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The possible effect of green tea (catechin) on perinephric fat adipocytes of adult male albino rat after induction of obesity: a histological study

Mohamed, Mona A.; Zaki, M.; Helal, Omayma K.; Yousef, Mohamed M.

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The Egyptian Journal of Histology: June 2011 - Volume 34 - Issue 2 - p 208-217
doi: 10.1097/01.EHX.0000396637.01095.49
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Abstract

Introduction

Green tea, a product of the dried leaves of Camellia sinensis, is the most widely consumed beverage in the world with no known serious side effects [1].

Green tea polyphenols have shown significant antioxidant, anticarcinogenic, anti-inflammatory, thermogenic, and antimicrobial properties in numerous human, animal, and in-vitro studies. The main catechins in green tea are epicatechin, epicatechin-3-gallate, epigallocatechin (EGC), and epigallocatechin-3-gallate [2].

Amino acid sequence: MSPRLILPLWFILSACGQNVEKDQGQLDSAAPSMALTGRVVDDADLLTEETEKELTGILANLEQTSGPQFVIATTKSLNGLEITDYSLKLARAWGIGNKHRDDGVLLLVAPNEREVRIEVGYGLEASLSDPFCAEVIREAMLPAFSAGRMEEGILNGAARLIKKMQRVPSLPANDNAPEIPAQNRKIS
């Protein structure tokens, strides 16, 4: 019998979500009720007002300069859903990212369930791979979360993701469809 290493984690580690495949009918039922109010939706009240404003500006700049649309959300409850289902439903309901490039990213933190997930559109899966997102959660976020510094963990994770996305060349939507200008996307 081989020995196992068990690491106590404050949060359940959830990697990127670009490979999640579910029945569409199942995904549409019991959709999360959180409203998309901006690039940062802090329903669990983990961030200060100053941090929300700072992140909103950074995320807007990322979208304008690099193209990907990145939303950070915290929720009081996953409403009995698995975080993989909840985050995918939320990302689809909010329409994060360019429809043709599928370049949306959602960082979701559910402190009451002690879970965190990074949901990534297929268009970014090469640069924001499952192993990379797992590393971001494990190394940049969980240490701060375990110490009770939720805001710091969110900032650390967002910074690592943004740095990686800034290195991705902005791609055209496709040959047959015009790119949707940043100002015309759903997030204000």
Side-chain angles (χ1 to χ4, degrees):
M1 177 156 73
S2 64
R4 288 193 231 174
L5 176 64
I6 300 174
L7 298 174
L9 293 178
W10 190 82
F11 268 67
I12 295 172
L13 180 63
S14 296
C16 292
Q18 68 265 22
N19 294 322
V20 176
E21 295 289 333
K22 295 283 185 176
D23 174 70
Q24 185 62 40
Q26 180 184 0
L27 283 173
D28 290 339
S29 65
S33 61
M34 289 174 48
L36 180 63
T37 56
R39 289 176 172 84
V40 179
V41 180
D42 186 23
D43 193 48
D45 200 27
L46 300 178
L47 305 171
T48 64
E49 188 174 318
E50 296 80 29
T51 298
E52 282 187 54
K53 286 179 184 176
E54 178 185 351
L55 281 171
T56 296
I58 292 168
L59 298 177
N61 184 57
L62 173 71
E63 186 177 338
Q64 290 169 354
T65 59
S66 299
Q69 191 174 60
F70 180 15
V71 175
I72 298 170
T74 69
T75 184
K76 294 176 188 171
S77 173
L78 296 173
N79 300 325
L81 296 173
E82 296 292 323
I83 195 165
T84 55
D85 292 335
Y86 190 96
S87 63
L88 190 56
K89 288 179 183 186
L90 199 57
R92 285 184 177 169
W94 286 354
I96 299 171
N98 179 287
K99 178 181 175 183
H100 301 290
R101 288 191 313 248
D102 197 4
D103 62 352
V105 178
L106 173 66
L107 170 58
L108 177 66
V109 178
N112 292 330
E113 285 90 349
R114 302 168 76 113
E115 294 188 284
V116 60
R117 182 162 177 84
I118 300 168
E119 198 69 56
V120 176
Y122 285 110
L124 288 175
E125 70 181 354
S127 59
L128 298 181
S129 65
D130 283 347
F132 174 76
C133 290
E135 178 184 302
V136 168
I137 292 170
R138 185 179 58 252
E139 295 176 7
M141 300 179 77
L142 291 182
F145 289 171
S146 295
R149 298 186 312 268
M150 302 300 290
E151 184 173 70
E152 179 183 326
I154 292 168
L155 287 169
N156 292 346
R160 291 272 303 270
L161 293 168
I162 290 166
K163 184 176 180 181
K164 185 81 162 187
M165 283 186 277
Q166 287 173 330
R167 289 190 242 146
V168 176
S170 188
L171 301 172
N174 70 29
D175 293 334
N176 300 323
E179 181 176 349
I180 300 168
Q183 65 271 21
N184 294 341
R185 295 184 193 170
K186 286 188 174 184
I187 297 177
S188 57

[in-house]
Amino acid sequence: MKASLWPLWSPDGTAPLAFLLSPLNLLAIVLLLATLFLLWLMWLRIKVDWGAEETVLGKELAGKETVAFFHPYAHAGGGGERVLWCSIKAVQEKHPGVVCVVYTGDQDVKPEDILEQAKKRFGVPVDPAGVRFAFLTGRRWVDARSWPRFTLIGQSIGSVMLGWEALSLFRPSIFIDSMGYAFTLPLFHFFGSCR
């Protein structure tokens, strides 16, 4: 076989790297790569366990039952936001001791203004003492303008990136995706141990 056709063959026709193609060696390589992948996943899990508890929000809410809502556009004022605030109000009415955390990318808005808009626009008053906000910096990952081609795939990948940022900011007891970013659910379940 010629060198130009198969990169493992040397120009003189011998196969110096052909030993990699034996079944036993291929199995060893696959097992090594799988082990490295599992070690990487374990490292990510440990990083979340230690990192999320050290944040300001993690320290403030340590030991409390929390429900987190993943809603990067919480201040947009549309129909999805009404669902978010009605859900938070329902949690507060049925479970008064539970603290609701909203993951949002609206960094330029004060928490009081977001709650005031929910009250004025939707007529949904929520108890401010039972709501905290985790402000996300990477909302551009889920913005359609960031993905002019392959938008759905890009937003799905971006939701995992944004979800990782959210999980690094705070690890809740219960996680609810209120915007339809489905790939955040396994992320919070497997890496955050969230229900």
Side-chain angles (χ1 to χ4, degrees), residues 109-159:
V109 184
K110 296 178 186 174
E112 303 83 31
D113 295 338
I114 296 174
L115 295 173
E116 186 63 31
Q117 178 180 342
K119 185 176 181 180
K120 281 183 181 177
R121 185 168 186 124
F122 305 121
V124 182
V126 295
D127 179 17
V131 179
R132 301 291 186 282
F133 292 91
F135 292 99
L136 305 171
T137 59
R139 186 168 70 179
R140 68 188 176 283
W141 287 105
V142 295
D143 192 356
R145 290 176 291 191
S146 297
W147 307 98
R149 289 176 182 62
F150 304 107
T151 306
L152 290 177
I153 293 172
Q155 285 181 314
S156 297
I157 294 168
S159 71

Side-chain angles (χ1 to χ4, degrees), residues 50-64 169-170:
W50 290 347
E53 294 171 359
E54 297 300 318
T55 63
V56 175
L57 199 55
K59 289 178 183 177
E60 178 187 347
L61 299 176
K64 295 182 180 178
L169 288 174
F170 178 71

Furthermore, its catechins affect lipid metabolism by different pathways and prevent the appearance of atherosclerotic plaque. Green tea extract (GTE) intake decreases the absorption of triglycerides and cholesterol [3]. Green tea catechins decrease plasma total cholesterol and blood triglycerides levels [4]. Green tea ingestion also decreases low-density lipoprotein cholesterol and increases high-density lipoprotein cholesterol [5]. GTE intake decreased serum glucose levels, suggesting that catechins interact with glucose metabolism [6].

Adipose tissue represents a large amount of adult tissues. The presence of preadipocytes throughout life was shown using primary culture technology from cells derived from adipose tissue [7].